Open Source Rough Justice

from the vigilantes-and-justice dept

As legal scholar Yochai Benkler is fond of pointing out, there are three main ways of providing public goods. You can create property-like rights, as we've traditionally done with intellectual property or emissions vouchers, in order to more fully internalize the costs and benefits of their provision. Government can provide the good directly, as in the case of national security. Or, especially in a world of cheap computing and ubiquitous connectivity, you can rely on distributed peer production, a method most often associated with software.

But as a pair of articles in the Los Angeles Times make clear, peer production can also take over such archetypally governmental functions as punitive enforcement of the social contract. The Times recounts the sad tale of Megan Meier, a Missouri teen who killed herself last year after the vindictive parents of a neighbor girl fabricated an online persona, "Josh Evans," who struck up a MySpace friendship with the girl, then cruelly ended it. The adult's actions, however, don't appear to have been criminal — presumably because any statute that sought to limit such speech would quickly run into First Amendment difficulties. But, perhaps poetically, community members have used the Internet to exact their own form of rough justice:

In an outburst of virtual vigilantism, readers of blogs such as and have posted the Drews' home address, phone numbers, e-mail addresses and photographs. Dozens of people allegedly have called local businesses that work with the family's advertising booklet firm, and flooded the phone lines this week at the local Burlington Coat Factory, where Curt Drew reportedly works.
There's plenty of precedent for this sort of distributed posse formation: In the now infamous stolen Sidekick case, Internet users mobilized to locate and hound people who had found (and were refusing to return) a lost mobile device. A student in China, known as the "Bronze Moustache," had to drop out of his university after outraged users answered the call of a distressed husband accusing him of having an affair with the man's wife.

In a way, this is a validation of the characterization of the Net as a "global village": Formal, governmental enforcement mechanisms are a substitute for older reputation-based methods that use social pressure and shunning as primary sanctions — methods that had become impractical as social cooperation expanded beyond the village level. But it may be worth worrying whether the resurgence of this sort of social sanction doesn't leave some desirable procedural checks by the wayside — especially since it's hard to determine who's accountable for the actions of a distributed mob, where it may be that no one individual's actions rise to the level of harassment.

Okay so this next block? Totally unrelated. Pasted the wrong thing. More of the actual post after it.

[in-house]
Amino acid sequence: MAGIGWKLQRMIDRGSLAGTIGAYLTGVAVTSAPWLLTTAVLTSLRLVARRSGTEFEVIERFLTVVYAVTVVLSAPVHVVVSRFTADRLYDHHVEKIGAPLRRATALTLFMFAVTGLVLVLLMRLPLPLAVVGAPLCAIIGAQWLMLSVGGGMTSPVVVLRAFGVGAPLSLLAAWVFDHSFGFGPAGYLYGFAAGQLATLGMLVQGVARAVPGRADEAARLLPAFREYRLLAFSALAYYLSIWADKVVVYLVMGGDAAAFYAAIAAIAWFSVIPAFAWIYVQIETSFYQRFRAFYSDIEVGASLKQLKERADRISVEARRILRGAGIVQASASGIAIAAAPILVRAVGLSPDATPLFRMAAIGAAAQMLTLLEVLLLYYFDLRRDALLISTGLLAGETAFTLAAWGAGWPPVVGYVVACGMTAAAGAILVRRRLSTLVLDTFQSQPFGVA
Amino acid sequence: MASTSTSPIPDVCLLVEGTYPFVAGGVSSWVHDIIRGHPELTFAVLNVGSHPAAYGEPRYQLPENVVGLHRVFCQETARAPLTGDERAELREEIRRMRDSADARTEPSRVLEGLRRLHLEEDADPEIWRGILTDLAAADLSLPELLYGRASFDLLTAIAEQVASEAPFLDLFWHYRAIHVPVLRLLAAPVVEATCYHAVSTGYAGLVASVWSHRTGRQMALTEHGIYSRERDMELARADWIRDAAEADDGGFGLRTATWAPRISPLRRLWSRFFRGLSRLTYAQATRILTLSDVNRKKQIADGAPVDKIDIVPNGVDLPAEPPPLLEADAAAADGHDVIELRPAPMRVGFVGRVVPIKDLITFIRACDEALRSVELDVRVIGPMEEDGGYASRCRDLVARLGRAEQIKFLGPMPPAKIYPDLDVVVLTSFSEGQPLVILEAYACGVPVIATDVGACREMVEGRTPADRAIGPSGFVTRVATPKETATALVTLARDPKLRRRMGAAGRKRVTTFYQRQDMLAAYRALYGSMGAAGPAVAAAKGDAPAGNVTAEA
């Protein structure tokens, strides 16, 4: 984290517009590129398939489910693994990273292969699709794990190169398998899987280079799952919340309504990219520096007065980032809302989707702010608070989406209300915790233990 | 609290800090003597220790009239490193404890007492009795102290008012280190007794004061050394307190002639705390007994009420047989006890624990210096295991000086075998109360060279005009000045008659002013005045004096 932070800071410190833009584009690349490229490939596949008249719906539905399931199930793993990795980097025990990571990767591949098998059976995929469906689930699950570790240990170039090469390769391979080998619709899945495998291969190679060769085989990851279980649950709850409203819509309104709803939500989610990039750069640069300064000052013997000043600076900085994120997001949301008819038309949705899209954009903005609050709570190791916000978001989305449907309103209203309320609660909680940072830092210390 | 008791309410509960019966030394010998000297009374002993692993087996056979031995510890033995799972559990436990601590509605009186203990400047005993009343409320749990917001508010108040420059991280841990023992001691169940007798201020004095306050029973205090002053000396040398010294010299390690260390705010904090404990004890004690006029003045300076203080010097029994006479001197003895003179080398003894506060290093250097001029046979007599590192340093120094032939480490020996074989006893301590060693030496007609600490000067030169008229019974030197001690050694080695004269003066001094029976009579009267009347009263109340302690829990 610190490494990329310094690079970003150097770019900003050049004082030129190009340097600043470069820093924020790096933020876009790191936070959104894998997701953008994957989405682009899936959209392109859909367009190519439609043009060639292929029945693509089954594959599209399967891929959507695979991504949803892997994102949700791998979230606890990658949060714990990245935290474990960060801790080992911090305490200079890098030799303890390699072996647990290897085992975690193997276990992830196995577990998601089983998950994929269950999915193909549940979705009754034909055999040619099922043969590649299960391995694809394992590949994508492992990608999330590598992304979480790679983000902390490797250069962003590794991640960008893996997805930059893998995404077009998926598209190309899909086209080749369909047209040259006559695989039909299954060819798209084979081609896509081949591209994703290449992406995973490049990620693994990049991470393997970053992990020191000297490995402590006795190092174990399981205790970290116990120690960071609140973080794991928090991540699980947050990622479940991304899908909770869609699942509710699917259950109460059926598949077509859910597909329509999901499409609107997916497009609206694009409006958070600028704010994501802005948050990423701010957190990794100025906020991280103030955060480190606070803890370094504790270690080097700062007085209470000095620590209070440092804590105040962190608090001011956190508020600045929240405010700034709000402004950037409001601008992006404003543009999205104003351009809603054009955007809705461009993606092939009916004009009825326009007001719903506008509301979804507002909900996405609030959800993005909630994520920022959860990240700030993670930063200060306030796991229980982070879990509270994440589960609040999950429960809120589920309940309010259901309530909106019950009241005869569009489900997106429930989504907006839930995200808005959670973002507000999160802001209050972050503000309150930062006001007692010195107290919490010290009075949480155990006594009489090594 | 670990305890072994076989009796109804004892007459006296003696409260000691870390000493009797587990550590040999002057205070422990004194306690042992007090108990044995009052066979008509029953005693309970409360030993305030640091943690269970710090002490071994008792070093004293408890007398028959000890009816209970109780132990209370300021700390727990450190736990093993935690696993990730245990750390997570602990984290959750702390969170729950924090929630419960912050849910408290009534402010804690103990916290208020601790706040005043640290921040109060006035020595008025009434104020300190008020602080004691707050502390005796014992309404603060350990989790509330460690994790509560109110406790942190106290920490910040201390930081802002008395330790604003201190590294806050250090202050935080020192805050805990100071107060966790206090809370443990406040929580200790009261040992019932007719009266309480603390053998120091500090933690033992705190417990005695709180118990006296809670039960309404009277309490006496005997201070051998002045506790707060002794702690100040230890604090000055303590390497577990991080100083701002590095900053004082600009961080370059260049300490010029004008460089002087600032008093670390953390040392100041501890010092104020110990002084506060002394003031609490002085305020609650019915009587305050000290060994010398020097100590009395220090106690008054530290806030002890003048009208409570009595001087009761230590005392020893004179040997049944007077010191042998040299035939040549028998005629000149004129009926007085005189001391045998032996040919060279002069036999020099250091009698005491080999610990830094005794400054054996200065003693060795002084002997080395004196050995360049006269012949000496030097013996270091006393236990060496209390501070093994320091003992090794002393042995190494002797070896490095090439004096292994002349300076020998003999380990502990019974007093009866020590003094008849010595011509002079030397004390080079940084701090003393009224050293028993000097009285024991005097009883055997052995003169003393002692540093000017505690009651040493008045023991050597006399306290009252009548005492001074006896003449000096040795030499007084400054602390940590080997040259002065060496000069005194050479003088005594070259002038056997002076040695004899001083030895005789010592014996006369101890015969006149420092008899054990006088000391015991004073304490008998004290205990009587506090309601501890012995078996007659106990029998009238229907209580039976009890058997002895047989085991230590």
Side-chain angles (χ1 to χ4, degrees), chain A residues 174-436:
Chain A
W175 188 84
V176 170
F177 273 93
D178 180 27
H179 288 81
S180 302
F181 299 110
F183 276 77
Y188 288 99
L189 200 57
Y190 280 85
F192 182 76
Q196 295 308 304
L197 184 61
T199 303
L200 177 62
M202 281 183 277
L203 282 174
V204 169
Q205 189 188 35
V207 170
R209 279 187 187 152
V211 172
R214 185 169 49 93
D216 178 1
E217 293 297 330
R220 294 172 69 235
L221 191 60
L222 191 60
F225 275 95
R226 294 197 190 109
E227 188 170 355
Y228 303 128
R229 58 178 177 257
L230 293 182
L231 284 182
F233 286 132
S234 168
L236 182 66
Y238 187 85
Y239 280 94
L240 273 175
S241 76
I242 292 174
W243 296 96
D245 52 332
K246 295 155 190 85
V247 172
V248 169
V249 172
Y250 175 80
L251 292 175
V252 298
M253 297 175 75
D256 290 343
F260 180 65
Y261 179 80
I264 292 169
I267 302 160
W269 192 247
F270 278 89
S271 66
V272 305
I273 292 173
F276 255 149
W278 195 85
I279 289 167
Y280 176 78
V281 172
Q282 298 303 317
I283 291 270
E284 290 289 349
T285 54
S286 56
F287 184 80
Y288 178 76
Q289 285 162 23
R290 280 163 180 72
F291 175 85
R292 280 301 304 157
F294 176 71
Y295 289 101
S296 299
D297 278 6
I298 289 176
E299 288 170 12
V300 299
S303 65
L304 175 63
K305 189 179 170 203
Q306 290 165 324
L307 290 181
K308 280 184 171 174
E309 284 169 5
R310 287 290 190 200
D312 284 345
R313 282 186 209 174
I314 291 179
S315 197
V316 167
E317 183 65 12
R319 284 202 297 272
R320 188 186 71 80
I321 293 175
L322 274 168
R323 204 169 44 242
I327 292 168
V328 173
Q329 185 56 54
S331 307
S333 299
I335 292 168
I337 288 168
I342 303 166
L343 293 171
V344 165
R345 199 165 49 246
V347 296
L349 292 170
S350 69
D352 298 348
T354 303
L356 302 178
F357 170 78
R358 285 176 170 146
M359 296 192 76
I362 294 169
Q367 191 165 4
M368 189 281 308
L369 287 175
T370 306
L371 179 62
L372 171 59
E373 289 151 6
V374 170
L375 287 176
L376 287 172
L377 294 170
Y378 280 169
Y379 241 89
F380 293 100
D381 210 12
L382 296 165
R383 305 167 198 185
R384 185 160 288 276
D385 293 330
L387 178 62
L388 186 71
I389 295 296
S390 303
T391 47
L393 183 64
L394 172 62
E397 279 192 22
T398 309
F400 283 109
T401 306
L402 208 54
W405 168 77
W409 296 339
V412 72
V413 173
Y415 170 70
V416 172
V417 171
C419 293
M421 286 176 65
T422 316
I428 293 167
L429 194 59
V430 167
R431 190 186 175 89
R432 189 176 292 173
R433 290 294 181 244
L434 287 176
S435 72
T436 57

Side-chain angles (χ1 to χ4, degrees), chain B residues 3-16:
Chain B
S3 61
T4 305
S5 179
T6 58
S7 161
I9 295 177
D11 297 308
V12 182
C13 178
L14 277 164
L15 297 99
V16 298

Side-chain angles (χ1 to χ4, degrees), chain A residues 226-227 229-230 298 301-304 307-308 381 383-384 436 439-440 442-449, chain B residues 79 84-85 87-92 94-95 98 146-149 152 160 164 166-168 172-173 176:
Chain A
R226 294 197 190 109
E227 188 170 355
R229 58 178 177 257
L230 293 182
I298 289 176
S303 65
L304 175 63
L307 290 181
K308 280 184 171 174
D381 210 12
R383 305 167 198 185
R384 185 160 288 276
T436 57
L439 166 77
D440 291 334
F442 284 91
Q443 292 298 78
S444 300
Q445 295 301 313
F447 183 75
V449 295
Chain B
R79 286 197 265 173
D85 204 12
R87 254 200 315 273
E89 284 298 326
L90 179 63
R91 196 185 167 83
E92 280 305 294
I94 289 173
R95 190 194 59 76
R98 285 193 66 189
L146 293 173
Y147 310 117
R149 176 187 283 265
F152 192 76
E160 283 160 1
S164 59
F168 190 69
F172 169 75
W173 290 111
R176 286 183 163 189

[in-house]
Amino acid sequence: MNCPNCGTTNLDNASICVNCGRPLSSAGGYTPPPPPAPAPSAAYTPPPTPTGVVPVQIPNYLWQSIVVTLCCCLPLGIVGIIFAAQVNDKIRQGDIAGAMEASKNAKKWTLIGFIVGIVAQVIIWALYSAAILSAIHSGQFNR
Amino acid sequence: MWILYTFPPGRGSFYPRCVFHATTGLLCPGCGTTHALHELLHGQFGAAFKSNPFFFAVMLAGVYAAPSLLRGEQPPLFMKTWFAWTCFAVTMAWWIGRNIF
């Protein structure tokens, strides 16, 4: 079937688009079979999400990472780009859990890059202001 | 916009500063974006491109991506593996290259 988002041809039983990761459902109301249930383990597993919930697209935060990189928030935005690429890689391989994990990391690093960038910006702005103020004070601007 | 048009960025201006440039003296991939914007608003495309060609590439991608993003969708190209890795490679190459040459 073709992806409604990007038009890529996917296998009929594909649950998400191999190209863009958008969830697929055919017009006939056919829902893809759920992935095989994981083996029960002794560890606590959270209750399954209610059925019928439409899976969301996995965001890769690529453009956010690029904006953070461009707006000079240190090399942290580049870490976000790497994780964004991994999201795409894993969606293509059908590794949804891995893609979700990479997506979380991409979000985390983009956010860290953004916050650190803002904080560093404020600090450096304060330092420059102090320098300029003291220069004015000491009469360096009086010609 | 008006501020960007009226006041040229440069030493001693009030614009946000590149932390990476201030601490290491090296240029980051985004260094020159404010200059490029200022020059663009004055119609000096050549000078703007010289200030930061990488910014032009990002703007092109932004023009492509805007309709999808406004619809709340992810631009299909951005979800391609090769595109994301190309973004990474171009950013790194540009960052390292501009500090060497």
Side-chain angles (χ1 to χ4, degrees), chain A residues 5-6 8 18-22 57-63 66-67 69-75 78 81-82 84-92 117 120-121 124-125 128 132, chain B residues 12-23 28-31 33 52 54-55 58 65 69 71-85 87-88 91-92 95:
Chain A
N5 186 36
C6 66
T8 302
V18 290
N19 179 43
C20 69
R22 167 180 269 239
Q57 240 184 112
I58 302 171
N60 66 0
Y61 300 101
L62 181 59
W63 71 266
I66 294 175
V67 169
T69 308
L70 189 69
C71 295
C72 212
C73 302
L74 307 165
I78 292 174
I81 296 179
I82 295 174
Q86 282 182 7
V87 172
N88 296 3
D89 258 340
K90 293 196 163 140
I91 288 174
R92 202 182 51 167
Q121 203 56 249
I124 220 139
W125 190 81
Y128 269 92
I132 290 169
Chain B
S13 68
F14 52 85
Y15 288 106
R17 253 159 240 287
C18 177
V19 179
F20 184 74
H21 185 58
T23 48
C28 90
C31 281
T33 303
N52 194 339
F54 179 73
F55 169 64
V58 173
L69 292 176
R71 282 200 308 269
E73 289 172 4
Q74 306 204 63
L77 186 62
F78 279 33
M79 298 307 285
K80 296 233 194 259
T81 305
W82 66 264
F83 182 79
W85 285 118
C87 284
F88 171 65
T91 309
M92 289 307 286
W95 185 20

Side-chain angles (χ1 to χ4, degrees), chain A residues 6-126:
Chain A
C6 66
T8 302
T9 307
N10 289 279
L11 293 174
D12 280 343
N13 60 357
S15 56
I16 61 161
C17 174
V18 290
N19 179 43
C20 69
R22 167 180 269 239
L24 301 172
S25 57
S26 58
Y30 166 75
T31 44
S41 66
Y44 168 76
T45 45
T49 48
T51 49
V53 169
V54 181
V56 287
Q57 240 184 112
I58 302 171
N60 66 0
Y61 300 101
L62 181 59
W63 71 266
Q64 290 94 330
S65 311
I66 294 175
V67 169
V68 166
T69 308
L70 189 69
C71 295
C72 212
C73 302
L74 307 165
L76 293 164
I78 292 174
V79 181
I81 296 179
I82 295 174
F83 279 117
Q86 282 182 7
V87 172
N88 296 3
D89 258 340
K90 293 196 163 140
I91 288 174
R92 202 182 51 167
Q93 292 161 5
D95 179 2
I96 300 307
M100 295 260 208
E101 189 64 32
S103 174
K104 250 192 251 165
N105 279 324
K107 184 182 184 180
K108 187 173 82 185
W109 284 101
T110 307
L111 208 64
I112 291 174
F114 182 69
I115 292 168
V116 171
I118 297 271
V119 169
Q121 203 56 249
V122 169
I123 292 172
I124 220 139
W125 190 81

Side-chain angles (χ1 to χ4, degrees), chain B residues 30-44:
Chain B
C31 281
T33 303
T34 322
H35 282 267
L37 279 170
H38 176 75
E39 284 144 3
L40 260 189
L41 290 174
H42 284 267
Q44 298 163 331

Filed Under: open source, vigilantes

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  1. icon
    Derek Kerton (profile), 10 Dec 2007 @ 4:52pm

    Wearing Blinders

    Raghav (comment 8),

    Thanks for taking my general commentary about mob retribution via Internet, and narrowing your interpretation down to just this one case. That takes vision.

    Perhaps in the case of Ms. Meier the accused are guilty, but you seem willing to forgo their right to due process. I'm not. But in the more important general discussion of mobs:

    - Does anyone think that the members of a mob take the time to fact-check? Gimme a break. The reason people respond to Nigerian scams is that they don't check facts. They respond the same way to "Billy is dying, send him a card" scams, "Bill Gates will send you to Disneyland if you forward this email" etc. Now I'm supposed to feel comfortable that this same, level-headed populace is meting out justice?

    - Is a story in the NYT proof that something is true? Because if it is, the Dems could impeach Bush, and bring a couple of NYT articles along as the evidence.

    - The Meier case makes you and I both angry at the Drews. But our anger would probably stop short of burning down their house. Yet there are enough wackos out there who don't see that line. By joining the mob, you provide "aid and comfort" to those wackos, and rile them up enough to act.

    - There's a reason for a professional police force, a legislative gov't, and a judiciary. They are far from perfect, but they also protect us from needing an amateur police force, amateur judiciary and vigilante executioner. People, getting past DIY justice is Civilization 101.

    Mrs. Drew's a douchebag. Agreed. I'll sneer at her as I walk past on the street, but I'm more evolved than to join the mob.

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